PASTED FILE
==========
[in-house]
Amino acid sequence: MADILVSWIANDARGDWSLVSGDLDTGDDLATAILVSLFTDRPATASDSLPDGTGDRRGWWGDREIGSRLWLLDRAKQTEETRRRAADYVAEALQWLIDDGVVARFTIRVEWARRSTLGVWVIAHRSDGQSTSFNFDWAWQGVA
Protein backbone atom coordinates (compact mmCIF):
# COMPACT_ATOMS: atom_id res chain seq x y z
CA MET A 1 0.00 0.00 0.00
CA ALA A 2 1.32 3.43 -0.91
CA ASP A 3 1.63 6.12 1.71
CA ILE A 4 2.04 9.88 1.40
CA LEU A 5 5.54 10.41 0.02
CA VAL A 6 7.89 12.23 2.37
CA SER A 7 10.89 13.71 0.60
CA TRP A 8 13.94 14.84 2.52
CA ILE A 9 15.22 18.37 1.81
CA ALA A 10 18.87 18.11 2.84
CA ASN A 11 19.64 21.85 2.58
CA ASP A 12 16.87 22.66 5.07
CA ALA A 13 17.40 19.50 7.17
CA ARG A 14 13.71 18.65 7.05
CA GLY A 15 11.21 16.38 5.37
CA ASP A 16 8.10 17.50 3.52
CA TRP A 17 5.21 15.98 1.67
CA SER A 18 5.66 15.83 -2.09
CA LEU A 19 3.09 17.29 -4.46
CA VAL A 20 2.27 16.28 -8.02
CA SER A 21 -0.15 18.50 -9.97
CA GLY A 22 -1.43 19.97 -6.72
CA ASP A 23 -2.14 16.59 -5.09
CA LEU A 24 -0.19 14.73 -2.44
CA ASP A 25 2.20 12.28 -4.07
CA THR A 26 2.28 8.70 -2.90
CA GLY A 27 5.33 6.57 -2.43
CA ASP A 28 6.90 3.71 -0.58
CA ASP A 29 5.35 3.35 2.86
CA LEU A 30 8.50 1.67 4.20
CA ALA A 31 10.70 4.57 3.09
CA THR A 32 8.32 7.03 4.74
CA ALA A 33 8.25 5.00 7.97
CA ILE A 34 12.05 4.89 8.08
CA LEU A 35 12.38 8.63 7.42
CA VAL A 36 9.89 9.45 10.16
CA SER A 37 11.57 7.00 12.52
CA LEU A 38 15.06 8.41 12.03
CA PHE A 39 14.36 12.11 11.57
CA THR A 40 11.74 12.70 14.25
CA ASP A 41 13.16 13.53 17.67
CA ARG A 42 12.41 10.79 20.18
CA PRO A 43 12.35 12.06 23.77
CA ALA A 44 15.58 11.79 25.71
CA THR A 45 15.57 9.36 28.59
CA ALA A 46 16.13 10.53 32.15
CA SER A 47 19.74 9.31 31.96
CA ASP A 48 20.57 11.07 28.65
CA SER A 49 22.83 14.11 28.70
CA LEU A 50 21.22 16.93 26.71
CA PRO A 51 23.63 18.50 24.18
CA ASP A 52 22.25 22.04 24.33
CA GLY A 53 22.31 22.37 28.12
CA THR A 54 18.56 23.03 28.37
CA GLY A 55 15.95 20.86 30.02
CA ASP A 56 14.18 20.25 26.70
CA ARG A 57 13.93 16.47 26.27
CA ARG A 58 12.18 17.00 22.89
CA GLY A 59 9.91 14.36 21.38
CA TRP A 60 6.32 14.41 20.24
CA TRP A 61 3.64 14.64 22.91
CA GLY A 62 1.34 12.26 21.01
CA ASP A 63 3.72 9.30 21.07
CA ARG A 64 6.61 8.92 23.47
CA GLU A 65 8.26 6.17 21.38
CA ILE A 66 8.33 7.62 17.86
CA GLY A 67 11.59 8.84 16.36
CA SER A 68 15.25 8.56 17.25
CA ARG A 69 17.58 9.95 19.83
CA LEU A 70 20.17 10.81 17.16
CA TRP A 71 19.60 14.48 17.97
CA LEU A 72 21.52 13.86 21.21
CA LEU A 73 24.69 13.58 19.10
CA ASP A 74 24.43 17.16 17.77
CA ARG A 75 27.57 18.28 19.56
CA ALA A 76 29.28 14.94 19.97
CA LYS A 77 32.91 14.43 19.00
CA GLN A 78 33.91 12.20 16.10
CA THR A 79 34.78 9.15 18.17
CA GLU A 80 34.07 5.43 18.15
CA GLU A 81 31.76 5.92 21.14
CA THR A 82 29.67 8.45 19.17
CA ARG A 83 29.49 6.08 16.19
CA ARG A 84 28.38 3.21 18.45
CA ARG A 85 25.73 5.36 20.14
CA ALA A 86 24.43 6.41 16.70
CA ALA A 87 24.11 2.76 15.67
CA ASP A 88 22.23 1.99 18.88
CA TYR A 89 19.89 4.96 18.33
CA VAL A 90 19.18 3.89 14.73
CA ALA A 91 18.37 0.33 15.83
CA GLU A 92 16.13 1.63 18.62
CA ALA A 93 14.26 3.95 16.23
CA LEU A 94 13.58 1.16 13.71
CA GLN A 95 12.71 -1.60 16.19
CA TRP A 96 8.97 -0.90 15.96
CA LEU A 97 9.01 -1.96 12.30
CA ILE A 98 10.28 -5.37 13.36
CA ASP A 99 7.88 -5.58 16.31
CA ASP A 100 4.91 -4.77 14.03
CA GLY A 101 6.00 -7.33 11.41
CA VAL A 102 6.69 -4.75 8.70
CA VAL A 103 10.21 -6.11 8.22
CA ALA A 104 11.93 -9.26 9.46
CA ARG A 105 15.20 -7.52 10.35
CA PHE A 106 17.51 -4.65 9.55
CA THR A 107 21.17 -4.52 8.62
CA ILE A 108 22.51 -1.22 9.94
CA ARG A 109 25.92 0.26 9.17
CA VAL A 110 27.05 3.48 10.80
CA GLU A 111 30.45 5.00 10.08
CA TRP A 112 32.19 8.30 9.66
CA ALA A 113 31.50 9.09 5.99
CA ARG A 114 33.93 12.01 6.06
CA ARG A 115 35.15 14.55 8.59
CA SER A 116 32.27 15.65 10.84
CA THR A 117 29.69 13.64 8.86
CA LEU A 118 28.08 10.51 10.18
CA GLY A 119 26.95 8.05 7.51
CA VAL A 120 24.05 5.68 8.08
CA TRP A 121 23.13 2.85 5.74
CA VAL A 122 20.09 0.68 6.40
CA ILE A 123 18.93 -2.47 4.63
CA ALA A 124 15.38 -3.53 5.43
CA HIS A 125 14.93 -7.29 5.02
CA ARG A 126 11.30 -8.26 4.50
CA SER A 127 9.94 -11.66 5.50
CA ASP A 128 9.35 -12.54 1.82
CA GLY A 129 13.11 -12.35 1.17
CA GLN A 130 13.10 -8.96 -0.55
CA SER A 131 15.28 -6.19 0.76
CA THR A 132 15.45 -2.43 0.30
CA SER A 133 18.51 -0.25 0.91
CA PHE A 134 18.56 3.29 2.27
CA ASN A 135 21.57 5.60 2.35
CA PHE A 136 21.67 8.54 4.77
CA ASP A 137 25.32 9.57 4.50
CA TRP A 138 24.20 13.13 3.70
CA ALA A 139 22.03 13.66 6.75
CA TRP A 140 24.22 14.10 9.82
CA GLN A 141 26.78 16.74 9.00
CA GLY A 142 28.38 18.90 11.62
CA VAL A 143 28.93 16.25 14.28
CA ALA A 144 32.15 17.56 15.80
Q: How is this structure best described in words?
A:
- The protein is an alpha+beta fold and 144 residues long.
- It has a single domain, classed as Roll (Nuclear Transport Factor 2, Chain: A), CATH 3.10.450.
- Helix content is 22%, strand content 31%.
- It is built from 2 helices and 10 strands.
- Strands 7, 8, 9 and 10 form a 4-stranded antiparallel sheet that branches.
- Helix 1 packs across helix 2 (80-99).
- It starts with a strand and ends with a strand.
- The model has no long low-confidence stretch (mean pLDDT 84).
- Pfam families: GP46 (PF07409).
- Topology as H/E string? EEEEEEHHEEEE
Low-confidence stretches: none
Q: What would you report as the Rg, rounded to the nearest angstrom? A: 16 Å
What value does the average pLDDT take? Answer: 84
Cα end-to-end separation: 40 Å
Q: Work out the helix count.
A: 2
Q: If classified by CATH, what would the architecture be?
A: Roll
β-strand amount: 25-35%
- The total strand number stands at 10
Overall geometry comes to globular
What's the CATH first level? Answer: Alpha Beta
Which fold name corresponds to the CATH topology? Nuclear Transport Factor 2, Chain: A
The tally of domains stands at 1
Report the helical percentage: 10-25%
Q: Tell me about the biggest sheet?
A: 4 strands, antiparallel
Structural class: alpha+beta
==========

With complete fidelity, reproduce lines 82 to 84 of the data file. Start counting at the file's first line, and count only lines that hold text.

CA GLN A 78 33.91 12.20 16.10
CA THR A 79 34.78 9.15 18.17
CA GLU A 80 34.07 5.43 18.15